Predicting people with stroke at risk of falls
ABSTRACT falls are common following a stroke, but knowledge about predicting future fallers is lacking.
to identify, at discharge from hospital, those who are most at risk of repeated falls.
consecutively hospitalised people with stroke (independently mobile prior to stroke and with intact gross cognitive function) were recruited. Subjects completed a battery of tests (balance, function, mood and attention) within 2 weeks of leaving hospital and at 12 months post hospital discharge.
122 participants (mean age 70.2 years) were recruited. Fall status at 12 months was available for 115 participants and of those, 63 [55%; 95% confidence interval (CI) 46-64] experienced one or more falls, 48 (42%; 95% CI 33-51) experienced repeated falls, and 62 (54%) experienced near-falls. All variables available at discharge were screened as potential predictors of falling. Six variables emerged [near-falling in hospital, Rivermead leg and trunk score, Rivermead upper limb score, Berg Balance score, mean functional reach, and the Nottingham extended activities of daily living (NEADL) score]. A score of near-falls in hospital and upper limb function was the best predictor with 70% specificity and 60% sensitivity.
participants who were unstable (near-falls) in hospital with poor upper limb function (unable to save themselves) were most at risk of falls.
SourceAvailable from: etheses.bham.ac.uk
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ABSTRACT: Background and Purpose-Cerebral white matter lesions (WMLs), a surrogate for cerebral small-vessel disease, have been shown to be associated with decreasing mobility, gait instability, and falls. The aim of this study was to investigate whether WMLs of the brain are associated with increased incidence of hospital admissions because of any trauma and hip-fractures in a cohort of patients with stroke. Methods-We included 383 consecutive patients aged 55 to 85 years with ischemic stroke admitted to the Helsinki University Central Hospital (The Stroke Aging Memory cohort) with a 12-year follow-up. National register data were reviewed for hip-fractures, other traumatic injuries, survival data, and causes of death. WMLs were rated using MRI and dichotomized as none to mild and moderate to severe. The data were analyzed using Kaplan-Meier plots (log-rank) and a complex Cox multivariable hazards models for multiple cases per subject to assess hazard ratios with their 95% confidence intervals. Results-During the 12-year follow-up, there were more hip-fractures (13.5% versus 6.5%; log-rank, P=0.01) and more hospital admissions because of traumatic injury (22.2% versus 16.7%; log-rank, P=0.04) in the moderate-to-severe than in the none-to-mild WMLs group. In the complex samples, Cox multivariable model adjusting for age, sex, National Institutes of Health Stroke Scale, infarct size, and poststroke dementia, moderate-to-severe WMLs were associated with increased incidences of hospital admissions because of hip-fractures (hazard ratio, 3.98; 95% confidence interval, 1.55-10.21) and traumatic injuries including hip-fractures (hazard ratio, 1.72; 95% confidence interval, 1.03-2.87). Conclusions-Patients with ischemic stroke and moderate-to-severe WMLs are at high risk, who experience serious traumatic injuries and especially hip-fractures requiring hospital treatment.Stroke 08/2014; 45(10). DOI:10.1161/STROKEAHA.114.006116 · 6.02 Impact Factor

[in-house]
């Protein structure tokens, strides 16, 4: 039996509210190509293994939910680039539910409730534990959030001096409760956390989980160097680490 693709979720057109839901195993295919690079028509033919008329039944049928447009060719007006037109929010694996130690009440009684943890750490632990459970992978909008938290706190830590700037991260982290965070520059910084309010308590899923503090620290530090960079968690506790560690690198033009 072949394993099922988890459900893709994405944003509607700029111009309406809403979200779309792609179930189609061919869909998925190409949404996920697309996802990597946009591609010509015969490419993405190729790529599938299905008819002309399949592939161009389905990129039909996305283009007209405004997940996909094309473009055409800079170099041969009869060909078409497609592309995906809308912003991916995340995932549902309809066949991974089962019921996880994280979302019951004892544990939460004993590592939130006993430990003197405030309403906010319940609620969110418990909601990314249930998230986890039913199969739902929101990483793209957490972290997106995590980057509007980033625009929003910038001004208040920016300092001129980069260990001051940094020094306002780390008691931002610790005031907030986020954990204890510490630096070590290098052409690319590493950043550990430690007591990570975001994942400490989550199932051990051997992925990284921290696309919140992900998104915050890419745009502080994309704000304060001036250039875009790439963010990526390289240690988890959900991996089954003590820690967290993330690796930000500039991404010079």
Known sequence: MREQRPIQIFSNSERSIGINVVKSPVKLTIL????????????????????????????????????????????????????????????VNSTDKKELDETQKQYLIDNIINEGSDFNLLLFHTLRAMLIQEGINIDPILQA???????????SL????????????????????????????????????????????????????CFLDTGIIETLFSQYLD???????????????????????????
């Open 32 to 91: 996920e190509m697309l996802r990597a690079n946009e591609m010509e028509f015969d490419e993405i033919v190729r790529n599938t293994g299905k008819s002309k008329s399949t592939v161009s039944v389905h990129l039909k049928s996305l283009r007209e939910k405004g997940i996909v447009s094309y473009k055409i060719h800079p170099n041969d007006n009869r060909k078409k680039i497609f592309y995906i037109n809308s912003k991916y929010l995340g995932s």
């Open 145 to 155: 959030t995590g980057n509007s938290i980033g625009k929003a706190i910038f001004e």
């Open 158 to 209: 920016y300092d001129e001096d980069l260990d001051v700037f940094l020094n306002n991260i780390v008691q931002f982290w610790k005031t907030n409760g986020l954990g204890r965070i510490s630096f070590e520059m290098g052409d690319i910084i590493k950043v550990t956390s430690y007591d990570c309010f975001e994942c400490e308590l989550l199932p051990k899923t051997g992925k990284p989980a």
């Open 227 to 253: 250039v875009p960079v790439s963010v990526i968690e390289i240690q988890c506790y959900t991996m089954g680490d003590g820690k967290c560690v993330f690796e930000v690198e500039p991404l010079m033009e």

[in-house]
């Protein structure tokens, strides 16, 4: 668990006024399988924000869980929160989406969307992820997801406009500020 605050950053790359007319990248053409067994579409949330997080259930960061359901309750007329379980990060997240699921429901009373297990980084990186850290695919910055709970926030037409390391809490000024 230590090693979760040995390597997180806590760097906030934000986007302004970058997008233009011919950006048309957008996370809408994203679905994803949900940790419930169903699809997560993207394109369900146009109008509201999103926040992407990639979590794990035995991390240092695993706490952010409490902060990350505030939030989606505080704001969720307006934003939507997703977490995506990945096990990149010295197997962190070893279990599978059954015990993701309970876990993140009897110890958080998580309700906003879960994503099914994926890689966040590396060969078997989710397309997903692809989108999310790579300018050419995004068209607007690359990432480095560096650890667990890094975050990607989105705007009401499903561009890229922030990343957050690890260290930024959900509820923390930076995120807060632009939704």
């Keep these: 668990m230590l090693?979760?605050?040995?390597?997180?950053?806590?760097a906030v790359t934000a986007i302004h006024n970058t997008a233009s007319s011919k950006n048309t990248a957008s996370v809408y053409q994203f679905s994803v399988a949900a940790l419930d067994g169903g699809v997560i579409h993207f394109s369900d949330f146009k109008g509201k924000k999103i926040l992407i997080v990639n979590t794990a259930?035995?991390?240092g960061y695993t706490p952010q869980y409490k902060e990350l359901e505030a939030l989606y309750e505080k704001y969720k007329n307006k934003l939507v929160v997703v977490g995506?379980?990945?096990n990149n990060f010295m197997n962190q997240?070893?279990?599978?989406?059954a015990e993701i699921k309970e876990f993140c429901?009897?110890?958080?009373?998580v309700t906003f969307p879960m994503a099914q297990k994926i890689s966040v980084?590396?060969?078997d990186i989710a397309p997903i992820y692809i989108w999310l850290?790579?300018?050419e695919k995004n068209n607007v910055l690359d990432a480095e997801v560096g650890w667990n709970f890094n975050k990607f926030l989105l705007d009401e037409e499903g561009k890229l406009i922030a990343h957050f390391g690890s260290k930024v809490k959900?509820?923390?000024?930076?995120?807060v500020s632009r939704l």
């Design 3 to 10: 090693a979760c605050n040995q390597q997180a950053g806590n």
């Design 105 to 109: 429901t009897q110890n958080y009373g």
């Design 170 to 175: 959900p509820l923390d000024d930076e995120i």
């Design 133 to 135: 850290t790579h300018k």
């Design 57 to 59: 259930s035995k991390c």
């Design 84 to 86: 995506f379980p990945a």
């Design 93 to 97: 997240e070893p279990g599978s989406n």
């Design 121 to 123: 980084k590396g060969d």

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ABSTRACT: Objectives The objective was to examine whether the emergency department (ED) evaluation of older adult fallers is concordant with the Geriatric Emergency Department Guidelines.Methods This study was a chart review of randomly selected older adult ED fall patients from one urban academic teaching hospital. Patients 65 years and older who had ED fall visits in 2012 and who had primary care physicians within our hospital network during the past 3 years were included. Transferred patients were excluded. The data collection instrument was adapted from ED fall evaluation recommendations.ResultsThere were 350 patients in this study. The mean (±SD) patient age was 80.1 (±8.8) years, 124 (35%) were male, 327 (93%) were white, and 298 (85%) were community dwelling. The range with which history and physical examination findings were concordant with fall guidelines was 1% to 85%. Cause and location of fall were the two most frequently reported history items (85 and 81%, respectively), while asking about baseline vision was only reported 1% of the time. Evaluating for sensory deficits and muscle strength were the two most frequently reported physical examinations (63 and 48%, respectively), while balance was evaluated with the lowest frequency (1%). Patients who received more guideline-recommended evaluations were older with more comorbid conditions and were transferred to an observation unit or admitted to the hospital more frequently. Overall, more than half of these elderly patients (56%) were discharged from the ED to their place of preadmission residence.Conclusions The current ED evaluation of older adult fallers is discordant with general and ED-specific fall guidelines. Future studies are warranted to investigate ways to successfully implement fall evaluation guidelines.Academic Emergency Medicine 03/2015; DOI:10.1111/acem.12634 · 2.20 Impact Factor